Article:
(This Chaperone Responsibilities & Rights adopted by the NTS Board February 17, 2022)

Thank you for volunteering to chaperone for New Trier Sailing (“NTS”).  Chaperoning an NTS event may be one of the most rewarding experiences you’ll have as a high school parent.  You will get to see your young adult “in the wild” in a way you probably don’t get to in everyday life.

Chaperone Responsibilities

As chaperone for an event, your primary responsibilities are to manage the team’s logistics and ensure the safety and good behavior of our sailors.  Specifically:

Chaperones manage food, lodging, and transportation logistics for travel events.  (Sailors and their families are responsible for these for in-town events.)  One of our Regatta Chairs may make travel arrangements prior to a trip, but chaperones are responsible for everything during the trip.  NTS does not allow its sailors to drive to, from, or at events outside Illinois, even if they are licensed. 

During travel events, chaperones are responsible for sailors until they report to the event each day and after their coaches dismiss them for the day.  Coaches are only responsible for supervision during daytime sailing activities.  Coaches are often on the water during events, however, so chaperones may supervise or assist on land.  In any event, coordinate with our coaches and remain reasonably close to our sailors in case of an emergency.

Chaperones should let our coaches handle coaching and let them or our sailors handle any protests about on-the-water events.

Prior to the event, an NTS Regatta Chair will give you a package that contains a medical history, a medical power of attorney, health insurance information, and emergency contact for each NTS sailor at the event.  In the unlikely event it is necessary, you should ensure sailors get any immediate medical care they need and contact their parents as soon as possible.

Chaperones should attempt to ensure our sailors comply with our Code of Conduct and New Trier’s Extracurricular Code.  NTS has zero tolerance rules for sailors’ use of alcohol and drugs. 

As a chaperone you should only consume alcohol to a degree (if any) it models responsible behavior and does not impair your ability to fulfill your responsibilities as a chaperone.  You may not use or possess drugs or firearms while serving as a chaperone.

Chaperones should set a curfew and not retire until all sailors are in their assigned rooms for the night.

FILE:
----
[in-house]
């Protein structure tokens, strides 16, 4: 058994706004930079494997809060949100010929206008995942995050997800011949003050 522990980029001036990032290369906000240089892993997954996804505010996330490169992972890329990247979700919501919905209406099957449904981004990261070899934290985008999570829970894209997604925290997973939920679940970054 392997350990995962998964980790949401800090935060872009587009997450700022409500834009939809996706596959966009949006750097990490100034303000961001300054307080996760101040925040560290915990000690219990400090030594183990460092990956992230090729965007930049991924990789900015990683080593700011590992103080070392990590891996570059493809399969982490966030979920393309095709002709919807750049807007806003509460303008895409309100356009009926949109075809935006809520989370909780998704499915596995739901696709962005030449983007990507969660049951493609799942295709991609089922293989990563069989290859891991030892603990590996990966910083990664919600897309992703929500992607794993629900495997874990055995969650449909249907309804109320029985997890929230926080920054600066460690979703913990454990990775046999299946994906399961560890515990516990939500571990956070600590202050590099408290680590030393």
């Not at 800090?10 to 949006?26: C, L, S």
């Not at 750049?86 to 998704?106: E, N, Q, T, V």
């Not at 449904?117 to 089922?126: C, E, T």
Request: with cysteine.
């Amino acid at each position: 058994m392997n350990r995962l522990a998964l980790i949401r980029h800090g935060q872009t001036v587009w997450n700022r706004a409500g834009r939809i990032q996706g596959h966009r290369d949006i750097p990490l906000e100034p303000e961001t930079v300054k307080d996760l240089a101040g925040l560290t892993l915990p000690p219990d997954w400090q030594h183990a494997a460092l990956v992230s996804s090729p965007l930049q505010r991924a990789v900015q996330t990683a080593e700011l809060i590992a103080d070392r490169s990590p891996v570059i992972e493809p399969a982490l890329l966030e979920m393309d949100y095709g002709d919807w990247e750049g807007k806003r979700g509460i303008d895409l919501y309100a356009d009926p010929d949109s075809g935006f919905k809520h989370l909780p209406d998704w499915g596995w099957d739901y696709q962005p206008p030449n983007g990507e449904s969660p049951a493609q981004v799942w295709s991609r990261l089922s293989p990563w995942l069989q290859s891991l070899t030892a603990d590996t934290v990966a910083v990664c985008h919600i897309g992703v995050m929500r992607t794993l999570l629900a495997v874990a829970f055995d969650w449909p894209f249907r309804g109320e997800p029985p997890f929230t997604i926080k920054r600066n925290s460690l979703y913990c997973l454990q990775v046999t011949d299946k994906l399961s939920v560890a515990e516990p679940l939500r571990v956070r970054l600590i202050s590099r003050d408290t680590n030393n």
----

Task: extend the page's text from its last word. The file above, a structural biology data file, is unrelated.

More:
In accordance with the youth protection guidelines from SafeSport, chaperones should not be alone with individual sailors (except their own children).  If a private discussion is merited, do so in a place that is visible to and where it can be interrupted by others.

Chaperones should report any serious issues that arise at an event, including potential violations of the NTS Code of Conduct, to the NTS board of directors.

Finally, chaperones should do anything else reasonable that helps make for a successful event. 

Chaperone Rights

You will be reimbursed by NTS for any reasonable relevant expenses you incur while chaperoning. (See our reimbursement policy and form.)

You may, as part of your responsibilities to ensure the safety and good behavior of our sailors, require a parent to pick up a sailor from an event, suspend a sailor from some or all further participation in an event, or withdraw the team from an event.  The responsibility for issuing any post-event penalties lies exclusively with the NTS board of directors.


A chaperone must be a parent or guardian of an NTS sailor attending the event, or another adult with the unanimous agreement of the attending sailors’ parents or guardians.

All chaperones must have completed SafeSport youth protection training in the previous two years (please find information on SafeSport on the NTS website).

The NTS board of directors has the sole discretion to accept, reject, or replace any chaperone at any time.


Bring a folding chair, warm clothes, sunscreen, binoculars, and possibly a handheld VHF marine radio (which you can often use to find out what is going on out on the water).

If you aren’t an experienced sailboat racer, ask any of our sailors for help understanding the format.  They will be glad you are interested.  Plus, they are much more likely to be patient with you than your own sailor!

Plan team activities, with sailor input, for the times outside the sailing actives.  It helps build team morale and prevent misbehavior.  Although we have rarely had issues in the past, when we have it has almost exclusively been outside of the daytime sailing activities.